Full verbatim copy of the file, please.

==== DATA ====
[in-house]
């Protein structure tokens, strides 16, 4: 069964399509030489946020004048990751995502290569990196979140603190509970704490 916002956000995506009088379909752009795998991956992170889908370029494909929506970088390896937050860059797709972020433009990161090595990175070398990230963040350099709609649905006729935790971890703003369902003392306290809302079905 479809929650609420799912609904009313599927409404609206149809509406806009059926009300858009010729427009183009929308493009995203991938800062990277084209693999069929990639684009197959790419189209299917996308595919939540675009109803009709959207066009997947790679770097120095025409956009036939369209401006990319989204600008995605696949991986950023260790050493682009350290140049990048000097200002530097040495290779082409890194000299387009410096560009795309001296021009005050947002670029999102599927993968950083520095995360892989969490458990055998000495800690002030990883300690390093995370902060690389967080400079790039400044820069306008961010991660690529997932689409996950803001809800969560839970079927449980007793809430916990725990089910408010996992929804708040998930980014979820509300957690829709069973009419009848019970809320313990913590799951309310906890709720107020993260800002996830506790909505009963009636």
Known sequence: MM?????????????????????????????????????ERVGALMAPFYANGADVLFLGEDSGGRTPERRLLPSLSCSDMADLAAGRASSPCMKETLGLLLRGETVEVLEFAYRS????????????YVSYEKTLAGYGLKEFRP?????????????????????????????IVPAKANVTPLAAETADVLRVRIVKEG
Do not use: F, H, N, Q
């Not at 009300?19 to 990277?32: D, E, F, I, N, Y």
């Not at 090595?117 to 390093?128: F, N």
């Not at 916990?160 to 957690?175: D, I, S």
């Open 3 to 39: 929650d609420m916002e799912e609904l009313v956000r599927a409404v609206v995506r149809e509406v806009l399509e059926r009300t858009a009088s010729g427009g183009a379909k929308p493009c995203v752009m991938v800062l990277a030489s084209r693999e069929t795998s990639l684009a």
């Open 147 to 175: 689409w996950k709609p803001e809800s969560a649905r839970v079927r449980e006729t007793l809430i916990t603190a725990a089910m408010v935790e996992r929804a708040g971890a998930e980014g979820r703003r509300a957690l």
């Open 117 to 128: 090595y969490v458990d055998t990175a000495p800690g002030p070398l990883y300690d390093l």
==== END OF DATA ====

[in-house]
């Protein structure tokens, strides 16, 4: 069964399509030489946020004048990751995502290569990196979140603190509970704490 916002956000995506009088379909752009795998991956992170889908370029494909929506970088390896937050860059797709972020433009990161090595990175070398990230963040350099709609649905006729935790971890703003369902003392306290809302079905 479809929650609420799912609904009313599927409404609206149809509406806009059926009300858009010729427009183009929308493009995203991938800062990277084209693999069929990639684009197959790419189209299917996308595919939540675009109803009709959207066009997947790679770097120095025409956009036939369209401006990319989204600008995605696949991986950023260790050493682009350290140049990048000097200002530097040495290779082409890194000299387009410096560009795309001296021009005050947002670029999102599927993968950083520095995360892989969490458990055998000495800690002030990883300690390093995370902060690389967080400079790039400044820069306008961010991660690529997932689409996950803001809800969560839970079927449980007793809430916990725990089910408010996992929804708040998930980014979820509300957690829709069973009419009848019970809320313990913590799951309310906890709720107020993260800002996830506790909505009963009636």
Known sequence: MM?????????????????????????????????????ERVGALMAPFYANGADVLFLGEDSGGRTPERRLLPSLSCSDMADLAAGRASSPCMKETLGLLLRGETVEVLEFAYRS????????????YVSYEKTLAGYGLKEFRP?????????????????????????????IVPAKANVTPLAAETADVLRVRIVKEG
Do not use: F, H, N, Q
């Not at 009300?19 to 990277?32: D, E, F, I, N, Y």
């Not at 090595?117 to 390093?128: F, N």
């Not at 916990?160 to 957690?175: D, I, S």
């Open 3 to 39: 929650d609420m916002e799912e609904l009313v956000r599927a409404v609206v995506r149809e509406v806009l399509e059926r009300t858009a009088s010729g427009g183009a379909k929308p493009c995203v752009m991938v800062l990277a030489s084209r693999e069929t795998s990639l684009a």
């Open 147 to 175: 689409w996950k709609p803001e809800s969560a649905r839970v079927r449980e006729t007793l809430i916990t603190a725990a089910m408010v935790e996992r929804a708040g971890a998930e980014g979820r703003r509300a957690l």
């Open 117 to 128: 090595y969490v458990d055998t990175a000495p800690g002030p070398l990883y300690d390093l």